Unfortunately some marine Veterans were exposed to toxic chemicals at their own home marine base outside the scope of service. There has been an ongoing struggle to get Veteran Benefits based on exposure to toxic chemicals at Camp Lejeune. Recently was able to catch the documentary “Semper Fi-Always Faithful“, a film that highlights the struggles of those stationed at Camp Lejeune from 1957-1987 and exposed to highly toxic water. The documentary is being considered for an Oscar, and focuses on Partain and Jerome “Jerry” Ensminger, who are credited with fortuitously uncovering the evidence that documents the amount of fuel that leaked into the water supply at Lejeune. The amount of toxin was many times greater than originally acknowledged by the Marines. Fuels containing benzene, a known carcinogen, leached into groundwater and drinking wells. Marine authorities claimed they were not made aware of the problem until the 1980s, and were skeptical that they had any duty to give notice to all Marines stationed there during this time period. There is hope that pending legislation would take care of these exposed Veterans, but it is still stalled in various committees. Many of the Marines and their families that were stationed here subsequently developed chronic and often fatal ailments such as various cancers and leukeumia.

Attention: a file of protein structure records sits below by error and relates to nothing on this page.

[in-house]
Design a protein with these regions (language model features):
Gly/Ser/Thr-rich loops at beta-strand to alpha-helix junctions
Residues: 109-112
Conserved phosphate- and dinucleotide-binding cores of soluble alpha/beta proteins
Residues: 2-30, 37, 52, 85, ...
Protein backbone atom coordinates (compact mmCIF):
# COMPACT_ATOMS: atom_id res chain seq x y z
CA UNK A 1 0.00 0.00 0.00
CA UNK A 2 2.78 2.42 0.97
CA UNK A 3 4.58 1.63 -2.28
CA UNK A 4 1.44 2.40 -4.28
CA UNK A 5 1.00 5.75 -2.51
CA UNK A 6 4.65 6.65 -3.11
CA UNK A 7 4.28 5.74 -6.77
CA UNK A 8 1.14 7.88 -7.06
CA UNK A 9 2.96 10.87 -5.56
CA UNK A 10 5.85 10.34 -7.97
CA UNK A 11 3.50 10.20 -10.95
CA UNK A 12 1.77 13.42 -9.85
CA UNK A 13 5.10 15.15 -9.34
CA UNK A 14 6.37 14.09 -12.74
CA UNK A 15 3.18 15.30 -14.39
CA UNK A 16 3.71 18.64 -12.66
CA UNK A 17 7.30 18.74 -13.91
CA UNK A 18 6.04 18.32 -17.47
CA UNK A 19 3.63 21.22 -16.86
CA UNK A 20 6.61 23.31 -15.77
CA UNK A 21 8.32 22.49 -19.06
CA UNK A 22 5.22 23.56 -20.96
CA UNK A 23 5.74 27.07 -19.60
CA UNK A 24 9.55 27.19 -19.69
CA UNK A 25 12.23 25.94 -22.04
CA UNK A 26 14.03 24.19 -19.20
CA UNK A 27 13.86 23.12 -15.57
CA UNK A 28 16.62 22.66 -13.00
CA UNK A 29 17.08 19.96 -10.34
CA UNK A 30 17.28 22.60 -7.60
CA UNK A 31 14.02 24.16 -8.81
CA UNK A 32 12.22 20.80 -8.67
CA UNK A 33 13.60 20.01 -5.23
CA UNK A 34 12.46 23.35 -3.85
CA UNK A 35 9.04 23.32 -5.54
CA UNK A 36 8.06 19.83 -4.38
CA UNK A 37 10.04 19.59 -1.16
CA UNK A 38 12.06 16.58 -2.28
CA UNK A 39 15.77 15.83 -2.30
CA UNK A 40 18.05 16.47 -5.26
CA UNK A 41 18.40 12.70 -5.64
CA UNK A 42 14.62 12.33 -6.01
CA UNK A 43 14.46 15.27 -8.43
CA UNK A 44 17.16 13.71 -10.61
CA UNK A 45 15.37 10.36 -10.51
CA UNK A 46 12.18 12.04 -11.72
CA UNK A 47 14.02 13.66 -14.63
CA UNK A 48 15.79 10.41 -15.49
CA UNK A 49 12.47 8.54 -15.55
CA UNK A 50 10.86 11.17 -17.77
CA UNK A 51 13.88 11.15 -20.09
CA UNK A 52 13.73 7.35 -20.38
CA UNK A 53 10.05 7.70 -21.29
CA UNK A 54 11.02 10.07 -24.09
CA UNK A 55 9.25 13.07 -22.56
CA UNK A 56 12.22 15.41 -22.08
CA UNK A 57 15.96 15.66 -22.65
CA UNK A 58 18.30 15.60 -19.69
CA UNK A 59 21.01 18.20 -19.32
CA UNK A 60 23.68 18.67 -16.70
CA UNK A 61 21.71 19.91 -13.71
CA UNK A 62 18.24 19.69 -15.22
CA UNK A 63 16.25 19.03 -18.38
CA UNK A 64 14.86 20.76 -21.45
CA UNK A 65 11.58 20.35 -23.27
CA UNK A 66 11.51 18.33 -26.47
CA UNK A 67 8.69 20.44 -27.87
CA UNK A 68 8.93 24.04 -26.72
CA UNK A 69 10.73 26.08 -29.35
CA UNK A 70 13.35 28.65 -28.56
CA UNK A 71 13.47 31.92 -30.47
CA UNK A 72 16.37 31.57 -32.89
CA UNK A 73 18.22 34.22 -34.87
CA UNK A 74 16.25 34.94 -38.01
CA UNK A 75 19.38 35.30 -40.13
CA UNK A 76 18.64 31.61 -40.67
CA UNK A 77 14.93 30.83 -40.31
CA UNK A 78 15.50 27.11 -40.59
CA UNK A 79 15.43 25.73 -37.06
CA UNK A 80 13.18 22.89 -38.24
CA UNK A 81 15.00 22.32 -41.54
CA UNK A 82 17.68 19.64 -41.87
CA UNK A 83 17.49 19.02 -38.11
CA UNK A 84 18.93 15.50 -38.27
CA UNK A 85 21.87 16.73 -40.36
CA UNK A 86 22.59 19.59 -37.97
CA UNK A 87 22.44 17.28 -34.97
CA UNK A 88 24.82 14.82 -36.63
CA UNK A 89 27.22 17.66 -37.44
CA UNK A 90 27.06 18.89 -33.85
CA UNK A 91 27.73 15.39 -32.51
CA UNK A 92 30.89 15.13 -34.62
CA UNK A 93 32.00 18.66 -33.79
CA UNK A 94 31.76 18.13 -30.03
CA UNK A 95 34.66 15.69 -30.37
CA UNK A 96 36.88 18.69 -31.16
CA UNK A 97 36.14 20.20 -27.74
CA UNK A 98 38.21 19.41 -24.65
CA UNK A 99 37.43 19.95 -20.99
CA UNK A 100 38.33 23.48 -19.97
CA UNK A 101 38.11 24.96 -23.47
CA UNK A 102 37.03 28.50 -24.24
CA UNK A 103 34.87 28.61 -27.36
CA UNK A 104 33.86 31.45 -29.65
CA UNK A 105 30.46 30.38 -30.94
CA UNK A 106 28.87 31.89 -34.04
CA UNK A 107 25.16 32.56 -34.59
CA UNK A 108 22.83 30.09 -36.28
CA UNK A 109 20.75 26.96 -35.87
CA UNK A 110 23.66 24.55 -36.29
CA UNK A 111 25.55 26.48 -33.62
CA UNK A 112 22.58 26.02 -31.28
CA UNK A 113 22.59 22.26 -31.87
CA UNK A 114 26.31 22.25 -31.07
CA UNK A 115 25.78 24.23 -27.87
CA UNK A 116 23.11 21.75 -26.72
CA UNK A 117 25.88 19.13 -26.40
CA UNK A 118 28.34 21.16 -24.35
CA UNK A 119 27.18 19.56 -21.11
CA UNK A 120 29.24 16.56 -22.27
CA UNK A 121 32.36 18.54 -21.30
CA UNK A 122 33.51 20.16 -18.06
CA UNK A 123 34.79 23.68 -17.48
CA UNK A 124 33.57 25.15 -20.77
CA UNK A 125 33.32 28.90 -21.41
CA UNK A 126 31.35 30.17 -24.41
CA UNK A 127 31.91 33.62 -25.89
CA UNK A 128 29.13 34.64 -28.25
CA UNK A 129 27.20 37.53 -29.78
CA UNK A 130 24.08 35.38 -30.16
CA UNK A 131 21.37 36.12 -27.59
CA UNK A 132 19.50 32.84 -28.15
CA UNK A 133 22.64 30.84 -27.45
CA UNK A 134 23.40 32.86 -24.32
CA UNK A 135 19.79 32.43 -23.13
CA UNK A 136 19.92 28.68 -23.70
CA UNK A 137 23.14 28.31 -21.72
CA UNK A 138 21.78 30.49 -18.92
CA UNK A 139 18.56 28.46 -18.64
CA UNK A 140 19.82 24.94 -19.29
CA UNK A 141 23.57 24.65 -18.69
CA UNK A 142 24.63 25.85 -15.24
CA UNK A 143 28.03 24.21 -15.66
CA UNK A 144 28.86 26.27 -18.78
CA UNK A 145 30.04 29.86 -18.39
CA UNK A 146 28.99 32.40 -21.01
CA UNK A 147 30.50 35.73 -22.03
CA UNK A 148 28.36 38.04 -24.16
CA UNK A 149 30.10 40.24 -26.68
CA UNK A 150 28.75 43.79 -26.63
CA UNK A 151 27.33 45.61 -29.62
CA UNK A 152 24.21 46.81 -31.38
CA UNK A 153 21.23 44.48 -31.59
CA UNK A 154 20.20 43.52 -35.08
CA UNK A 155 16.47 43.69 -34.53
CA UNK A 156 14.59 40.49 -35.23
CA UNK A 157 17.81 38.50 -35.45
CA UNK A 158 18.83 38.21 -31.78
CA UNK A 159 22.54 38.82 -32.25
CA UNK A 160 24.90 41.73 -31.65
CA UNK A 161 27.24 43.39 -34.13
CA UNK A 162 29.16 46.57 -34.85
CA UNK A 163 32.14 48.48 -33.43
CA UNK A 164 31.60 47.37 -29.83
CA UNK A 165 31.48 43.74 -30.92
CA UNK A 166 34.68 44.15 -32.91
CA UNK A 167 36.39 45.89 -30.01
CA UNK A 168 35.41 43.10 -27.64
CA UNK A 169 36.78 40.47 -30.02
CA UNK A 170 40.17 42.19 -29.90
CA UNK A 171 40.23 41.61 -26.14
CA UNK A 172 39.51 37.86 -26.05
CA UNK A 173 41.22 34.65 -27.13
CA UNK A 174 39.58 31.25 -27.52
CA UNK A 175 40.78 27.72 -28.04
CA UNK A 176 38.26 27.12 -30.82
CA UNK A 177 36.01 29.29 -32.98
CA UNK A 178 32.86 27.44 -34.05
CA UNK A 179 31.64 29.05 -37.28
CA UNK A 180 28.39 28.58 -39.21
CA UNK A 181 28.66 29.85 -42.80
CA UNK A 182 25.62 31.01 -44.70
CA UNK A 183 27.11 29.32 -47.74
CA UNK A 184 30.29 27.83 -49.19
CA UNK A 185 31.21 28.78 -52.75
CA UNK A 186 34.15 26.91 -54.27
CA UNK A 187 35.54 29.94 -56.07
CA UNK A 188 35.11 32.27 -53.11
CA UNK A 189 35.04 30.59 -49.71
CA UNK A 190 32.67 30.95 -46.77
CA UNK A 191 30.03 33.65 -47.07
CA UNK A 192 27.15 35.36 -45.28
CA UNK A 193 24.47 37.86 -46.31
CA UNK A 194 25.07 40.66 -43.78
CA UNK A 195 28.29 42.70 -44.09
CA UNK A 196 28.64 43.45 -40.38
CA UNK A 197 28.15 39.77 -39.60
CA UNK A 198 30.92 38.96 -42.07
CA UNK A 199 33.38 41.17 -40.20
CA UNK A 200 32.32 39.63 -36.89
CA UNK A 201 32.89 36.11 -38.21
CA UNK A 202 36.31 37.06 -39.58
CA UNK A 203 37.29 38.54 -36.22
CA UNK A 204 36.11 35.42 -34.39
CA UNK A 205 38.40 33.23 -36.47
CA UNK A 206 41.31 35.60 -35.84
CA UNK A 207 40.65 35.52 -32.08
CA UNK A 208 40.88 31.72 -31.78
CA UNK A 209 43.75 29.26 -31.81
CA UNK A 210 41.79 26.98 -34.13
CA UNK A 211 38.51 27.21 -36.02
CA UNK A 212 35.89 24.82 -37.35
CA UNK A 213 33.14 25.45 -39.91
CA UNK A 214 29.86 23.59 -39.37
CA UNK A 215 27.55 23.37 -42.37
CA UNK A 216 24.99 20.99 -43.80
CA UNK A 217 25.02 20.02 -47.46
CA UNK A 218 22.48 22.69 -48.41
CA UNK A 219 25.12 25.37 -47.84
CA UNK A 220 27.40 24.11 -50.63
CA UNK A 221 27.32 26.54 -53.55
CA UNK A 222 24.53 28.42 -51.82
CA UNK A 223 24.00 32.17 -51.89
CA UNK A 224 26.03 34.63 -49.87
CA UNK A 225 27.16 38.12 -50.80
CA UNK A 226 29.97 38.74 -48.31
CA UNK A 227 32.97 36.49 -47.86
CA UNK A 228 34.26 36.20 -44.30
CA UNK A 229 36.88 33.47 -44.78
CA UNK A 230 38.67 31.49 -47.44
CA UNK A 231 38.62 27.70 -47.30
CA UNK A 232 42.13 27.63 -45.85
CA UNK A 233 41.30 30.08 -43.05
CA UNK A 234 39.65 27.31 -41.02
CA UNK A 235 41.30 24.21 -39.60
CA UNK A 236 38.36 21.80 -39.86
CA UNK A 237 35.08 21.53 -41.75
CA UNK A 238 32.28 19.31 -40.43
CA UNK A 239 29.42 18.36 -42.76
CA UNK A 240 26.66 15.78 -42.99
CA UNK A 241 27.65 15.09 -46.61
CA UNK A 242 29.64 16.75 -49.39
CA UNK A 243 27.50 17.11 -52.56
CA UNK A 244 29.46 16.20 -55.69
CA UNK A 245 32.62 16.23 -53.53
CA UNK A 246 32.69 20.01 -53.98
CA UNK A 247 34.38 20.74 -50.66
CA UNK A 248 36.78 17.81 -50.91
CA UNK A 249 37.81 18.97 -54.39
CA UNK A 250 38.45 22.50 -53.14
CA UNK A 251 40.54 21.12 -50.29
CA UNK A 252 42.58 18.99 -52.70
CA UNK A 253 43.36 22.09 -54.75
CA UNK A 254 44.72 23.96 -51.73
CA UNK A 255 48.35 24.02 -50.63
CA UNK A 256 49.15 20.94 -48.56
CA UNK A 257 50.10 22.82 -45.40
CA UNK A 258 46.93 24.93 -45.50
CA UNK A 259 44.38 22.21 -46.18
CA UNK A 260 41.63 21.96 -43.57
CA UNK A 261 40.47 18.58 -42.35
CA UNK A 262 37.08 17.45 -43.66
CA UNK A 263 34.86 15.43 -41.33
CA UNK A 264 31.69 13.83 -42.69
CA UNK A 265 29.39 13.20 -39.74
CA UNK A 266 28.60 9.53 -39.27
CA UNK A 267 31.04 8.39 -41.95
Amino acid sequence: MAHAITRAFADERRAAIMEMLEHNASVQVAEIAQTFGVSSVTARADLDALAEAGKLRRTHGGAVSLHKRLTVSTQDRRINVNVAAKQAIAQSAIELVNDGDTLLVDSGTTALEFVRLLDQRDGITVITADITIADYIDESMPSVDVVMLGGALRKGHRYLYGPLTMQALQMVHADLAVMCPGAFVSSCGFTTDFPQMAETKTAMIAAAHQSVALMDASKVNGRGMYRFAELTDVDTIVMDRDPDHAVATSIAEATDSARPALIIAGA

Unfortunately, the government and the VA has yet to take responsibility through either compensation or medical care to exposed Veterans and their families. The Daily News of Jacksonville, NC reported that there are 1,052 completed VA claims related to this water contamination, but 794 claims have been denied with 1,266 pending claims. Apparently, there are studies that the VA has been monitoring (being conducted by the Agency for Toxic Substances and Disease Registry), which is studying and monitoring the aftereffects of this exposure. Results from the study should be known in the next few years. VA Secretary Shinseki is on record stating that to provide VA healthcare to these exposed Veterans would be “premature” at this point, deferring policy decisions on whether to support exposed Veterans until there is more scientific evidence. Other congressman including Senator Richard Burr disagree on this point, and believe there is presently sufficient evidence that links the contamination to the cancers and other disabilities that many Veterans suffered from as a result of exposure.